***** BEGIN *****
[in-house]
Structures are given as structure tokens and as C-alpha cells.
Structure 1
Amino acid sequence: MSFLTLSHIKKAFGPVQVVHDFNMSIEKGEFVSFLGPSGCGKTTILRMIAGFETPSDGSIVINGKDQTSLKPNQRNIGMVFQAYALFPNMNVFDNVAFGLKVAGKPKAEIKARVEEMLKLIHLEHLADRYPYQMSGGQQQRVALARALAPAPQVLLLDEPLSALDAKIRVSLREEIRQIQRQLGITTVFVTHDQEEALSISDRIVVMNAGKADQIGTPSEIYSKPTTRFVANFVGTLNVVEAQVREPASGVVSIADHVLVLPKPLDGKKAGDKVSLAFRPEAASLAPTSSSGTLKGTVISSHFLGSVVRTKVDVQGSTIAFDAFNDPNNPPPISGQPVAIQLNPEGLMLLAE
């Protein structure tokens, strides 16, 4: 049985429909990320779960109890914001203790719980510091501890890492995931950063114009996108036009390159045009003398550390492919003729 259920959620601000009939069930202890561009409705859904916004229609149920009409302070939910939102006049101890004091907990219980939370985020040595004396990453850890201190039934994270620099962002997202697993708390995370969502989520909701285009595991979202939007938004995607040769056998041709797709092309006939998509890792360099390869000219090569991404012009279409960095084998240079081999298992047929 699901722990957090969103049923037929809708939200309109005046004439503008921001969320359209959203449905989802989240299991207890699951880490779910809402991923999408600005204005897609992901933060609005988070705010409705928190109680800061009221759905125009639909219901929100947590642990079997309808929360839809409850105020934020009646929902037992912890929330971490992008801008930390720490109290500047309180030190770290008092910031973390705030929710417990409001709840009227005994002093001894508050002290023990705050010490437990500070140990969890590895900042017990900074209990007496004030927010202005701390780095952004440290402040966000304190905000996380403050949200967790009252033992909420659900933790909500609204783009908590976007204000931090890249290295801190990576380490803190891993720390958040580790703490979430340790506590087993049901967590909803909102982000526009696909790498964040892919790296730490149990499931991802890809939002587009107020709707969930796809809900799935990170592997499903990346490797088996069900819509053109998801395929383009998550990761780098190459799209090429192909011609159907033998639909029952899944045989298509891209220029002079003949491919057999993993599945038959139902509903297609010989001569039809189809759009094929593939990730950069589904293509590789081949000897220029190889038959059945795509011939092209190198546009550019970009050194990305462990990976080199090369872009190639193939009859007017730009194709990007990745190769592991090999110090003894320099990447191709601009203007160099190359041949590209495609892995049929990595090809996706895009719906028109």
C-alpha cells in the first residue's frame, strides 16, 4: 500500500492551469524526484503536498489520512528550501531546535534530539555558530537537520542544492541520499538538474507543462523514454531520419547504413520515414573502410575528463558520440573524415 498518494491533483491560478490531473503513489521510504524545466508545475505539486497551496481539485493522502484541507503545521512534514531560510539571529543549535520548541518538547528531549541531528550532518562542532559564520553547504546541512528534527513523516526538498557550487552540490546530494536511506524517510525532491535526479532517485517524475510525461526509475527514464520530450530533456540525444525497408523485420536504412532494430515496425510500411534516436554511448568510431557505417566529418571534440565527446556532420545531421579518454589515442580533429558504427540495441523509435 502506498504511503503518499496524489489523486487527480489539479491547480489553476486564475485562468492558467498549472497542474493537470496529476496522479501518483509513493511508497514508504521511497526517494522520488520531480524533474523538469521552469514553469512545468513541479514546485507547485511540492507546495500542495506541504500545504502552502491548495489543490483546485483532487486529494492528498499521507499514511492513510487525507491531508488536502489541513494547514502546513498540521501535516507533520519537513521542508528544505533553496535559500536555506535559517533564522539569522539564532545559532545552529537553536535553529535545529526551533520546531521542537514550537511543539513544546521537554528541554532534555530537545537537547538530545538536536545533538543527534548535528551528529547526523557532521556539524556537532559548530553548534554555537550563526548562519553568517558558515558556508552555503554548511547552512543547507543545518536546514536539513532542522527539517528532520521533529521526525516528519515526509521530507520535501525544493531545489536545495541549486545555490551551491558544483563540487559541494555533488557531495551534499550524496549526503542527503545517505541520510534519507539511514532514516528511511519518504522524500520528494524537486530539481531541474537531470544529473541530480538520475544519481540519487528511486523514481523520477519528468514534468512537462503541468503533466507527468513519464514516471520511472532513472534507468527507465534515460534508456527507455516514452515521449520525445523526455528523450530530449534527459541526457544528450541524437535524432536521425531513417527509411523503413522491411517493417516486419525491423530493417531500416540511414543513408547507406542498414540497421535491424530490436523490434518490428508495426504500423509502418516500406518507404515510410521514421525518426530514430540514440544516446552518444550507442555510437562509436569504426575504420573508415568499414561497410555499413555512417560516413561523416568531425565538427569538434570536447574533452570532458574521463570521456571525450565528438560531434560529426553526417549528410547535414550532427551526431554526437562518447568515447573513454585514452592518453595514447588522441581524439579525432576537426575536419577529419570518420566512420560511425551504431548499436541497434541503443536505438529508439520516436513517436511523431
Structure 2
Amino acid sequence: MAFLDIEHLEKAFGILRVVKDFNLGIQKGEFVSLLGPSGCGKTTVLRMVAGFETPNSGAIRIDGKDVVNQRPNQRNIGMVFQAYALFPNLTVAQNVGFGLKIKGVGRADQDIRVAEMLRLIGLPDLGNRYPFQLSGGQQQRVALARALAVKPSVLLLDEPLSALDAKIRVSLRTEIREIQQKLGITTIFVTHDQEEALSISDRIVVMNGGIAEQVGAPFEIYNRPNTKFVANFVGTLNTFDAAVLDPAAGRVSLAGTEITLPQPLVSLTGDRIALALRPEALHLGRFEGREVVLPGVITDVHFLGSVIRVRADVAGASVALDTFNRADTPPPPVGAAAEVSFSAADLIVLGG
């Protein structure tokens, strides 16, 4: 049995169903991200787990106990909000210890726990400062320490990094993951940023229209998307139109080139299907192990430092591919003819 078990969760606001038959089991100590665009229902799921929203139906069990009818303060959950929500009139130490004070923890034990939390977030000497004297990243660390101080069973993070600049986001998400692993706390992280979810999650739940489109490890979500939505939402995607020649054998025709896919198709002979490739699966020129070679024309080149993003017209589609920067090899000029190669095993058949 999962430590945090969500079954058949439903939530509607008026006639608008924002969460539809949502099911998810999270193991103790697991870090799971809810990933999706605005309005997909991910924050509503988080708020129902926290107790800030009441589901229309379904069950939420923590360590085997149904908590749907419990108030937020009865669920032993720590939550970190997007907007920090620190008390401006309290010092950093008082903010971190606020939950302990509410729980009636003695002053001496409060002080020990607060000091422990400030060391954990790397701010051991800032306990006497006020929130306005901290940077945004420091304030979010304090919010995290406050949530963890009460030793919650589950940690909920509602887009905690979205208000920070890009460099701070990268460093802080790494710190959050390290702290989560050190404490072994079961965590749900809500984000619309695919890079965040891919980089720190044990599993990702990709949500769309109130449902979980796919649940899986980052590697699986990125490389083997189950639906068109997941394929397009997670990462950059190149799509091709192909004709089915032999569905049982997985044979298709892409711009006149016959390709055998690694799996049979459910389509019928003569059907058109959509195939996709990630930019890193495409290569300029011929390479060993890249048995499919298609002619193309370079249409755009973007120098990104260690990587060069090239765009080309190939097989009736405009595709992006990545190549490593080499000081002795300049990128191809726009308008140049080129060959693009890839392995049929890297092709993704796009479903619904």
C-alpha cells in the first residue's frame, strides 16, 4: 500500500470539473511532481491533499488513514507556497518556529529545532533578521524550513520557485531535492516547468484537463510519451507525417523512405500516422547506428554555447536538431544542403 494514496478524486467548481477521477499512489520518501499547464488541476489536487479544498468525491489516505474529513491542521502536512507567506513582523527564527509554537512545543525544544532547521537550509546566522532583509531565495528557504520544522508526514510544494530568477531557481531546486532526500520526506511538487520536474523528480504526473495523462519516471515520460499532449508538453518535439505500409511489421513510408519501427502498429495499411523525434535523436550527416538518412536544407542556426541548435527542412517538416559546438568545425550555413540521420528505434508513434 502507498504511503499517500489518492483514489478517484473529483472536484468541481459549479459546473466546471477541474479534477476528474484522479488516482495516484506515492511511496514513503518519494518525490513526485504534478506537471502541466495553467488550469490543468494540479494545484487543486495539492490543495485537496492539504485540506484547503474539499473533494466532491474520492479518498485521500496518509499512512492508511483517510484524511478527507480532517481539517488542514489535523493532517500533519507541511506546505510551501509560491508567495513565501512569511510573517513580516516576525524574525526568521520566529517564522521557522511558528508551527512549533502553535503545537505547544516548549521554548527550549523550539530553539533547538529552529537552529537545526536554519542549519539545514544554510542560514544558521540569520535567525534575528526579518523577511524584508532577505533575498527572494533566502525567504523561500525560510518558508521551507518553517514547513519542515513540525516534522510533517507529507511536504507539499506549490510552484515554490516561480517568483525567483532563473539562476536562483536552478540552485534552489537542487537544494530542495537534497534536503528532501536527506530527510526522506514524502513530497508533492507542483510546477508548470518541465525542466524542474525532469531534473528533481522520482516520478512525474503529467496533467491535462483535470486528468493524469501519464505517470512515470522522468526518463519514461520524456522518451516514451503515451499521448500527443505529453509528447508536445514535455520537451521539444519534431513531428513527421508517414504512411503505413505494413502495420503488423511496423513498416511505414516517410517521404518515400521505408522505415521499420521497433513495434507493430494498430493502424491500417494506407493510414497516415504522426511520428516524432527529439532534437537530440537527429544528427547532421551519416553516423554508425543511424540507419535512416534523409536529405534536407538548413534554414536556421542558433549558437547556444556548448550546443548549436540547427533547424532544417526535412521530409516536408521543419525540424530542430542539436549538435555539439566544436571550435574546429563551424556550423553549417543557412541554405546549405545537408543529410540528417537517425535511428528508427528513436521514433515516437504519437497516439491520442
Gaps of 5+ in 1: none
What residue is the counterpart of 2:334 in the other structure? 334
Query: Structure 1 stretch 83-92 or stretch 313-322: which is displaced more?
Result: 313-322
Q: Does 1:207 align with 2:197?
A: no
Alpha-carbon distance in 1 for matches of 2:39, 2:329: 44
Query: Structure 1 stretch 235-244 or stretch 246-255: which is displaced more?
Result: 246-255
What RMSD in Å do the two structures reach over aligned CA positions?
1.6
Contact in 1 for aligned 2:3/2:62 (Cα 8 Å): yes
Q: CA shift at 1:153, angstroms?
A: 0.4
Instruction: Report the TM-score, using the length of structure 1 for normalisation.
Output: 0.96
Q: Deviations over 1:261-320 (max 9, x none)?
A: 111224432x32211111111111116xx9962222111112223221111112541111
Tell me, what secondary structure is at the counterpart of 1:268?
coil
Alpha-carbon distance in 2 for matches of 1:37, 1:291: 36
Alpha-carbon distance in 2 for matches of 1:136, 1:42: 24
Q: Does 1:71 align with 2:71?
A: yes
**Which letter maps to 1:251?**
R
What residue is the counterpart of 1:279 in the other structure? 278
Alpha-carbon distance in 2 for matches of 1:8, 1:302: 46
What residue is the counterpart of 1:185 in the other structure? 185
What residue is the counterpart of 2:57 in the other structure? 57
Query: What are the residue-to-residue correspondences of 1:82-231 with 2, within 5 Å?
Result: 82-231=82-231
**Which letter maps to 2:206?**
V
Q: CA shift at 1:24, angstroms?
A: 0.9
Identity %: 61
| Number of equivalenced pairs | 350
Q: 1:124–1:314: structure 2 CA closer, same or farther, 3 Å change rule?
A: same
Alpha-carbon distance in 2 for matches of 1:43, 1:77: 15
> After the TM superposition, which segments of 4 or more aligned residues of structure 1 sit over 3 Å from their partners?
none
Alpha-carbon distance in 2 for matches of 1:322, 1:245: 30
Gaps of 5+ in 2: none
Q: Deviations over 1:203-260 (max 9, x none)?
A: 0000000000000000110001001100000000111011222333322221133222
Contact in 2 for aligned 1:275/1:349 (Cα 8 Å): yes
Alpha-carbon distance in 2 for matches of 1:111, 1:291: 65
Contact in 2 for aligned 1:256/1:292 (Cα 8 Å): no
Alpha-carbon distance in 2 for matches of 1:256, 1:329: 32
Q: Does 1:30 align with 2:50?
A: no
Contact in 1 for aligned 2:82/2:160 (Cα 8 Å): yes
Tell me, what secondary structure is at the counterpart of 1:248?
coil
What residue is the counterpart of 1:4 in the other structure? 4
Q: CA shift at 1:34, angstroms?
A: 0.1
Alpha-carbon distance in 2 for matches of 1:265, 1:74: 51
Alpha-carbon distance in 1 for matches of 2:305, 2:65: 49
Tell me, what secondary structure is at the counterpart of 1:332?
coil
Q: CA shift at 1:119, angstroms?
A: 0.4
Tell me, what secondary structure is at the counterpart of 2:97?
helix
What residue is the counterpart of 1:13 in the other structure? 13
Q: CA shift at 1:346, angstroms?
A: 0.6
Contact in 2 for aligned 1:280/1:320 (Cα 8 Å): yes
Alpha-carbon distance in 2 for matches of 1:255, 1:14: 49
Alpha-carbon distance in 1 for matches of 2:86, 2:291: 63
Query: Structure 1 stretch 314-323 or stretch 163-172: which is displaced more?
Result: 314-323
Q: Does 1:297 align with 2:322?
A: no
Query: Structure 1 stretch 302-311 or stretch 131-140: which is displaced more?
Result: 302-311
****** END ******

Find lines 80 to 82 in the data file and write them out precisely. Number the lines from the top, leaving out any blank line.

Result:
A: 0.6
Contact in 2 for aligned 1:280/1:320 (Cα 8 Å): yes
Alpha-carbon distance in 2 for matches of 1:255, 1:14: 49